Why is Twitch banning casino streams?
Since its launch back in 2011, Twitch has grown into one of the biggest streaming platforms in the world. Attracting millions of viewers every day, its rise has not been without controversy, especially when it comes to gambling. Some of the platform’s most popular content features casino stream feeds. Twitch gambling streamers like Tyler “Trainwrecks” Niknam and Ishmael “Roshtein” Swartz attracting huge, and often very youthful, followings. In September 2022, Twitch announced that it was cracking down on casino streams associated with unlicensed and crypto gambling sites.
What does the Twitch gambling ban entail?
Twitch has announced that from October 18, 2022, it will prohibit the “streaming of gambling sites that include slots, roulette or dice games that aren’t licensed either in the U.S. or other jurisdictions that provide sufficient consumer protection.” The ban affects sites including Stake.com, Rollbit.com, Duelbits.com and RooBet.com.
The new restrictions don’t cover all Twitch gambling though. Sports betting, fantasy sports and poker, which are considered games of skill rather than pure luck, will still be allowed.
Why the Twitch casino stream ban happened
Twitch’s relationship with gambling has always been somewhat controversial, especially given that an estimated 75% of the platform’s users are under the age of 35. Twitch banned streamers from sharing referral codes and links last year following pressure from staff.
The latest restrictions were sparked after a Twitch user going by the username ItsSliker admitted borrowing thousands of dollars from other streamers. Money which he subsequently failed to pay back.
The UK-based streamer claimed that his bank account had been frozen and needed money to pay his bills. Some of the best-known streamers on Twitch came to his aid, with the likes of Mizkif, Lukeafkfan and Trainwreck all donating cash. Instead, Sliker used the money to fund his worsening gambling habit. It’s estimated that the amount ran up to more than $200,000.
Sliker made a tearful confession on Twitch on September 17, admitting that he had “lied to multiple people”. His gambling habit started on Counter Strike: Global Offensive and later moved to sports betting.
“I deserve punishment. Whatever happens, happens,” he said. “I don’t know what to say to the people I borrowed from.”
The confession provoked an extremely lively debate about the place of gambling on Twitch. High-profile streamers Pokimane, Mizkif, and Devin Nash threatened a strike during the holiday season (when Twitch’s ad revenues are at their highest) if the platform didn’t ban gambling streams.
Nash issued a series of tweets attacking the influence of gambling on Twitch. “The issue of gambling on @Twitch should have resolved months ago with a platform wide ban. I left Twitch over this issue and still feel the exact same as eight months ago when I originally took that stand. Gambling is horrible for the platform. Get rid of it.”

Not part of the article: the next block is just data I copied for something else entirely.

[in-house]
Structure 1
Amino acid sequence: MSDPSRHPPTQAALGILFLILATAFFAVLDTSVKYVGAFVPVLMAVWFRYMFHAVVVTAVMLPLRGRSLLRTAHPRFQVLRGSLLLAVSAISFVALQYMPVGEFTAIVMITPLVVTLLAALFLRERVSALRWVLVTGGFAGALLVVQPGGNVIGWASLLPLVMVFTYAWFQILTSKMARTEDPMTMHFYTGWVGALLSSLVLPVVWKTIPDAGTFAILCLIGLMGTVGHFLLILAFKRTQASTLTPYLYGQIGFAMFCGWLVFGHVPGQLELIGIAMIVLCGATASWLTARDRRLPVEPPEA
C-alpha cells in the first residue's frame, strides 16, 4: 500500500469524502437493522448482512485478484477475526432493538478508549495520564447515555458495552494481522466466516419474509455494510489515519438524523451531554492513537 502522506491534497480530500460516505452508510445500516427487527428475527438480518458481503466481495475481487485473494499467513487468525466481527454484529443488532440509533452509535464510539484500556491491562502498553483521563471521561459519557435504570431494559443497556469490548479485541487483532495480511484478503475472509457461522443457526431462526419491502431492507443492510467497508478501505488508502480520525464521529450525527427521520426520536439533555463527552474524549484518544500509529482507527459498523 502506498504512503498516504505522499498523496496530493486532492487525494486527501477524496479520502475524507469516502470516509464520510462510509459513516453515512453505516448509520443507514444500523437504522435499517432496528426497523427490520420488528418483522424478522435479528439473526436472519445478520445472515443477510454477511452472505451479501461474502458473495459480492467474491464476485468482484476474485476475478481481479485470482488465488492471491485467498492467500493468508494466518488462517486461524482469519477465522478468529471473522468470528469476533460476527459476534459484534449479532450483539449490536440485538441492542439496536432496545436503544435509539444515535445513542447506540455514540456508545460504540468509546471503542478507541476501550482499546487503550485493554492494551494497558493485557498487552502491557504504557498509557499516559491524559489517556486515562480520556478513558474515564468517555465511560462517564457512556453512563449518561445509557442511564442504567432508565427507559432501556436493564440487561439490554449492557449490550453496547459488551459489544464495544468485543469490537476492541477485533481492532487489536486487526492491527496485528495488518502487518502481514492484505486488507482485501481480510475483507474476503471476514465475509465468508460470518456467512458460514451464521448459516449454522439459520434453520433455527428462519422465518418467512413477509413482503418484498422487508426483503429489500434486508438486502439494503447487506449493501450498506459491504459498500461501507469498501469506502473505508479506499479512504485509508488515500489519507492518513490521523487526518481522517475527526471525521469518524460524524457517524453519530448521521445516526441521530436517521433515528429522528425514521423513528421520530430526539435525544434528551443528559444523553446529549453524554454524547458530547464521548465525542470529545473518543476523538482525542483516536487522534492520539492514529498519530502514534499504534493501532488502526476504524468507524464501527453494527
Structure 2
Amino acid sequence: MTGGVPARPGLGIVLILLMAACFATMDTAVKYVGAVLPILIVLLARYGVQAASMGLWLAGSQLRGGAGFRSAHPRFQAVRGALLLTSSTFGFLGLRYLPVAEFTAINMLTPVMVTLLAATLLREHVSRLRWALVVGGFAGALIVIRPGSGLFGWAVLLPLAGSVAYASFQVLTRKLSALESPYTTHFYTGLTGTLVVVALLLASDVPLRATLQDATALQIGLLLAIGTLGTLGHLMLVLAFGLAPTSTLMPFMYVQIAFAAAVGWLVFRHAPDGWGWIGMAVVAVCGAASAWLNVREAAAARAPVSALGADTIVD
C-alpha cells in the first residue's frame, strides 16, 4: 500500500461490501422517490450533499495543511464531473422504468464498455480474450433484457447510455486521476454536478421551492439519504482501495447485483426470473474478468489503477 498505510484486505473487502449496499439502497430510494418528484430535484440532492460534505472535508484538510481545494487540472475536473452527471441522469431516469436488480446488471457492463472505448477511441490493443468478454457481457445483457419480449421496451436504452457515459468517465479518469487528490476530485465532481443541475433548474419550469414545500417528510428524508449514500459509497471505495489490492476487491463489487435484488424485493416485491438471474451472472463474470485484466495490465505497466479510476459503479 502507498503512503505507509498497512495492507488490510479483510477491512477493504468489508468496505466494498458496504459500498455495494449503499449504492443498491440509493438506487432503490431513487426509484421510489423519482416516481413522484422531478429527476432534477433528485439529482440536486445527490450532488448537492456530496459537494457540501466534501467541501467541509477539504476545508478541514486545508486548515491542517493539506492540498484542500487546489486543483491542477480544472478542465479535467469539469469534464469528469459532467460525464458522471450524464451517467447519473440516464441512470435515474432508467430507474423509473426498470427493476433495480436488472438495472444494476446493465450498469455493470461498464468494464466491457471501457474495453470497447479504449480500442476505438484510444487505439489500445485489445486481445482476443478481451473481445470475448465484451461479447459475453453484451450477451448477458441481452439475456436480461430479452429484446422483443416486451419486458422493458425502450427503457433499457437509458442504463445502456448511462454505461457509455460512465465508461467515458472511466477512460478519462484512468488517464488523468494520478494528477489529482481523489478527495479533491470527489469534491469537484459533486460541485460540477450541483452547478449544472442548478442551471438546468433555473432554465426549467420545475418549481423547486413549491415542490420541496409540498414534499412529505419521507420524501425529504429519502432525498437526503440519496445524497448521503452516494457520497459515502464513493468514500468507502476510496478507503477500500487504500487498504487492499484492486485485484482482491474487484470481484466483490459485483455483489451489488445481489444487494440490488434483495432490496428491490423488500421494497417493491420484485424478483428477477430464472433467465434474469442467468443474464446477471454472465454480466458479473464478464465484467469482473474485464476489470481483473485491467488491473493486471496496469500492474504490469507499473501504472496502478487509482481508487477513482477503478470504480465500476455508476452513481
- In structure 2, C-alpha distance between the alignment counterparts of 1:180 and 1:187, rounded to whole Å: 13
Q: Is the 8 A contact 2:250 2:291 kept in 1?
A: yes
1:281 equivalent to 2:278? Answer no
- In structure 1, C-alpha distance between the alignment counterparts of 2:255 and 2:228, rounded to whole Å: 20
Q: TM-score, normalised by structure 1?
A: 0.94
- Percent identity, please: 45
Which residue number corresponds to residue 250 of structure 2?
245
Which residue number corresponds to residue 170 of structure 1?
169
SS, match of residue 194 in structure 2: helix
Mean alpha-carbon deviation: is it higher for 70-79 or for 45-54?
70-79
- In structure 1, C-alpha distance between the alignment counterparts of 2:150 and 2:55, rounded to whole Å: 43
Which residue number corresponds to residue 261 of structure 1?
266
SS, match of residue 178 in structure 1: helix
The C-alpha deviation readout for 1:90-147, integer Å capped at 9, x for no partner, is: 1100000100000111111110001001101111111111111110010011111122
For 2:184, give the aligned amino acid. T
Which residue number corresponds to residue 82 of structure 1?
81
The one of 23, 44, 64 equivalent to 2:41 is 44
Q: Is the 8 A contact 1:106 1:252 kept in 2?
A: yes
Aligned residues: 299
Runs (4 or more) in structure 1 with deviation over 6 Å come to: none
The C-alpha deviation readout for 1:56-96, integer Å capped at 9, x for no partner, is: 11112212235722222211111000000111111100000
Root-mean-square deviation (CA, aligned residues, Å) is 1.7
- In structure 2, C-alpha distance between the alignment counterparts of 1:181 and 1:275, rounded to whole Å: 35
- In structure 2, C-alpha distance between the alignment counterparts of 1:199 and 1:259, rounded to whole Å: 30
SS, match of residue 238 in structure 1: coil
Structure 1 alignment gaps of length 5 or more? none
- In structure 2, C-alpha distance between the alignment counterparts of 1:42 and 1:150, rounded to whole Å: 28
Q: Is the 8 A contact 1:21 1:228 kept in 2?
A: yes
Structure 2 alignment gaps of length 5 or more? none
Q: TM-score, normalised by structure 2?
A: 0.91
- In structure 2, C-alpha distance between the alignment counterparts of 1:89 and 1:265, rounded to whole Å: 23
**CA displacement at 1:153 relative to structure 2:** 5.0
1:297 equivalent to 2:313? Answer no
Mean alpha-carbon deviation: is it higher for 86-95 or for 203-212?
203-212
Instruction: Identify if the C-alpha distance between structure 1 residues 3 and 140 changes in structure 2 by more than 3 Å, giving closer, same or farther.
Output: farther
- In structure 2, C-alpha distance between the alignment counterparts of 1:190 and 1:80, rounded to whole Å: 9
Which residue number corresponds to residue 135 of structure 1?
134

Days later, Twitch announced details of its latest set of restrictions.
What the Twitch gambling restrictions means for viewers and streamers
Twitch’s announcement doesn’t mean a blanket ban on gambling-related content. Casino streams associated with US licensed and regulated betting sites are still allowed. As is poker and sports betting content.
Regulated US online casinos provide minimum levels of player protection and security. Something that’s not offered by unregulated, offshore online casinos. Funds are secure, which again isn’t assured if you’re playing on an unlicensed site. Licensed US casinos also have a duty to promote responsible gaming.
What are the alternatives for streamers
Virtual slots are the 11th most popular Twitch stream according to Twitchtracker, attracting thousands of viewers every day. The platform has provided a very good living for the highest profile streamers. The likes of Tyler “Trainwreckstv” Niknam has more than 2.1 million followers and claims to be earning upwards of $1m a month via his relationship with the crypto casino Stake. That will not be allowed under the new regs, which he seems less than impressed with.
return stream tomorrow afternoon, ONE OF THE LAST BJ/SLOTS/ROULETTE STREAMS ON TWITCH, lets hit at least 2 max wins to really piss these clowns off, ALSO podcast, merch & platform news AND been schemin with the boy drake, gonna set up some cool collabs for yall in the near future
— Trainwreck (@Trainwreckstv) September 29, 2022
Other high-profile streamers in the opposite camp have said that Twitch’s latest moves don’t go far enough.
Devin Nash was positive about the removal of offshore crypto sites but said much more needs to be done. He tweeted, “what we were fighting for was a ban on luck-based gambling because it is objectively harmful to the website and its users. This is not it. Luck-based gambling will still be alive and well on the website on October 18th.”
The gambling row isn’t the only controversy at Twitch. Many streamers are also upset at the platform’s potential move from a 50/50 to 70/30 revenue split from June 2023.
The Twitch gambling ban row looks set to rumble on a while longer.
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